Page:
Amid Catholic opposition, states are legalizing composting of human remains

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An example vessel that is used in the natural organic reduction process created by Recompose. Photo by Sabel Roizen

An example vessel that is used in the natural organic reduction process created by Recompose. Photo by Sabel Roizen

Amid Catholic opposition, states are legalizing composting of human remains

July 12, 2021

By Alejandra Molina

(RNS) — Washington, Colorado and Oregon are now among the U.S. states that have legalized the process of converting human bodies into soil, a procedure the Catholic Church said fails to show “respect for the body of the deceased.” Meanwhile, California and New York are seeking to be next in line to allow human composting.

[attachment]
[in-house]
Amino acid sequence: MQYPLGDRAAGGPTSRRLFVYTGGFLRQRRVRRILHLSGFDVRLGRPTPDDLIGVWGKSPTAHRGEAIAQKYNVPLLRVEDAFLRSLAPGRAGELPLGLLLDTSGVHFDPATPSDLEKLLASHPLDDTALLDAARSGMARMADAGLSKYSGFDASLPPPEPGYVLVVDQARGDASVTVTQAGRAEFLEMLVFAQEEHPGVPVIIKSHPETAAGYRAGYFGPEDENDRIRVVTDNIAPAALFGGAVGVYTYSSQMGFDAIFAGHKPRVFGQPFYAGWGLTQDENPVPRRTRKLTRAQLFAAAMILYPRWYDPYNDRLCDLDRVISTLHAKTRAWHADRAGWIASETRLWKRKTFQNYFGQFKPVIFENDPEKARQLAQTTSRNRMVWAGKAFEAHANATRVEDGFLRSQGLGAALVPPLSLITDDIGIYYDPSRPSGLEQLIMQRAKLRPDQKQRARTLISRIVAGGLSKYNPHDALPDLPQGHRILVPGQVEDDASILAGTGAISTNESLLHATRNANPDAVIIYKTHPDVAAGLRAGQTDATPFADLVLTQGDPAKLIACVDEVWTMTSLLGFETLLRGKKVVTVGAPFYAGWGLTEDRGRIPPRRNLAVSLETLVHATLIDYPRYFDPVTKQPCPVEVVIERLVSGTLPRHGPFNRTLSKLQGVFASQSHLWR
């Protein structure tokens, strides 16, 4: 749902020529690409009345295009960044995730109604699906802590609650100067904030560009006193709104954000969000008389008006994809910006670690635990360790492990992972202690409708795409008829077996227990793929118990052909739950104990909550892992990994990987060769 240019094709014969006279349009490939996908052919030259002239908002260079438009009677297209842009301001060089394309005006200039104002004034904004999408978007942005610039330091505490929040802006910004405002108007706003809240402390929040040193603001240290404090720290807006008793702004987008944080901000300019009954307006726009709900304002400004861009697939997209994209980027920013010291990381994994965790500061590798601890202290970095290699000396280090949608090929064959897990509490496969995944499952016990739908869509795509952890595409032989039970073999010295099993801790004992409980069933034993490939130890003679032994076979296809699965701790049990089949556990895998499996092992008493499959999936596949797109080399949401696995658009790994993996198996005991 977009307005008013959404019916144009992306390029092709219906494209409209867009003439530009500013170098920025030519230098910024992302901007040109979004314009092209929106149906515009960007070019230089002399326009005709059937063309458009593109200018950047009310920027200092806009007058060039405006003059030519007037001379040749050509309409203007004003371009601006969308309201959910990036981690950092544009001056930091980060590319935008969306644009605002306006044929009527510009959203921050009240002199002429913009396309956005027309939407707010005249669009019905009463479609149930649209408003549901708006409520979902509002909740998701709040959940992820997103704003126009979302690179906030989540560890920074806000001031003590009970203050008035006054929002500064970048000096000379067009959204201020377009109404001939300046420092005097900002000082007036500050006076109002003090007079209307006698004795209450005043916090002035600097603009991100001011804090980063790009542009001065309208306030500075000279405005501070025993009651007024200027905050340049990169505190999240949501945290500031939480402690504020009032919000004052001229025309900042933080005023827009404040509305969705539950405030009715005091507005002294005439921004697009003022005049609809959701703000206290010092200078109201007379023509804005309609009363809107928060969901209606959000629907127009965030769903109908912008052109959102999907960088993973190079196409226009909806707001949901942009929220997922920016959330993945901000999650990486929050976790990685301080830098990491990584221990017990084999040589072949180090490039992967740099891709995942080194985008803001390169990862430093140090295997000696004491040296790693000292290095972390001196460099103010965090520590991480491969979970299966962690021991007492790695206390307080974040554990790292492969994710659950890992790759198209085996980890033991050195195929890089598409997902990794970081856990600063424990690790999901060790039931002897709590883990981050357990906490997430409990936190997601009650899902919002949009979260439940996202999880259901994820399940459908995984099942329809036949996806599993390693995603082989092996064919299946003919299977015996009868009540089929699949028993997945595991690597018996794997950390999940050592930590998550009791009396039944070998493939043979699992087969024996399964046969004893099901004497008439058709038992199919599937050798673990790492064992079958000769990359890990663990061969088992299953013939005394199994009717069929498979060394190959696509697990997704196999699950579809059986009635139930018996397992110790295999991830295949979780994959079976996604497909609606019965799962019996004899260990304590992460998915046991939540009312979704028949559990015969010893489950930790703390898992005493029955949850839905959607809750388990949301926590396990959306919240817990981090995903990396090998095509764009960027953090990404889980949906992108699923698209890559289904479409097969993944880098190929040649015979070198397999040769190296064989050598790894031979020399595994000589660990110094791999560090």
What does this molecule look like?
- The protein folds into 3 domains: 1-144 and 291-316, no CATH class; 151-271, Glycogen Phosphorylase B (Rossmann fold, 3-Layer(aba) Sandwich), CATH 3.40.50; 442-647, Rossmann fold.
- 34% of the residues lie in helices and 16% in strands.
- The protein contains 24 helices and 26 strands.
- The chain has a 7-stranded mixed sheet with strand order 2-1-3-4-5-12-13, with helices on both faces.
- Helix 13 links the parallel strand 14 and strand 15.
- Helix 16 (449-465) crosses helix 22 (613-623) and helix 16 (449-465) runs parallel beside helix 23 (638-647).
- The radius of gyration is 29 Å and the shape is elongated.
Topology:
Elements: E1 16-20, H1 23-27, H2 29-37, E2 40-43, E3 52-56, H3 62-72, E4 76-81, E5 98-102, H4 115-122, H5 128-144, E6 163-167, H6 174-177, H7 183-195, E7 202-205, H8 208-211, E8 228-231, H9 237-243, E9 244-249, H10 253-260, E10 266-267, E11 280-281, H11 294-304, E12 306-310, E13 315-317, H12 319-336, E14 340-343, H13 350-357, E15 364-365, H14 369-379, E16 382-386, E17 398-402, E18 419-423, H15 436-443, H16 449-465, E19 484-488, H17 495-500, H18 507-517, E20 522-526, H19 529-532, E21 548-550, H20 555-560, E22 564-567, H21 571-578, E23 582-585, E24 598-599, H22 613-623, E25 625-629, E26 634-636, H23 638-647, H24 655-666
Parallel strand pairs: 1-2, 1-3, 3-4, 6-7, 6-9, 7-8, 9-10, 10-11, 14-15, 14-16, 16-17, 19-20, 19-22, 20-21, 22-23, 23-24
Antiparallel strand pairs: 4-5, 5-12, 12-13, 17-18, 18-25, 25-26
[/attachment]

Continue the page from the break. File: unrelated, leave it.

The process for composting a body was introduced by the Seattle-based company Recompose, which is now open for business after the state of Washington legalized the process in 2019. Colorado was the second state to legalize it, followed by Oregon, when Gov. Kate Brown in mid-June signed House Bill 2574 into law.
Here’s how it works: A dead body is broken down through a process known as Natural Organic Reduction by placing the body in a reusable vessel, covering it with wood chips and aerating it, which creates an environment for microbes and essential bacteria. The body, over a span of about 30 days, is fully transformed into soil.

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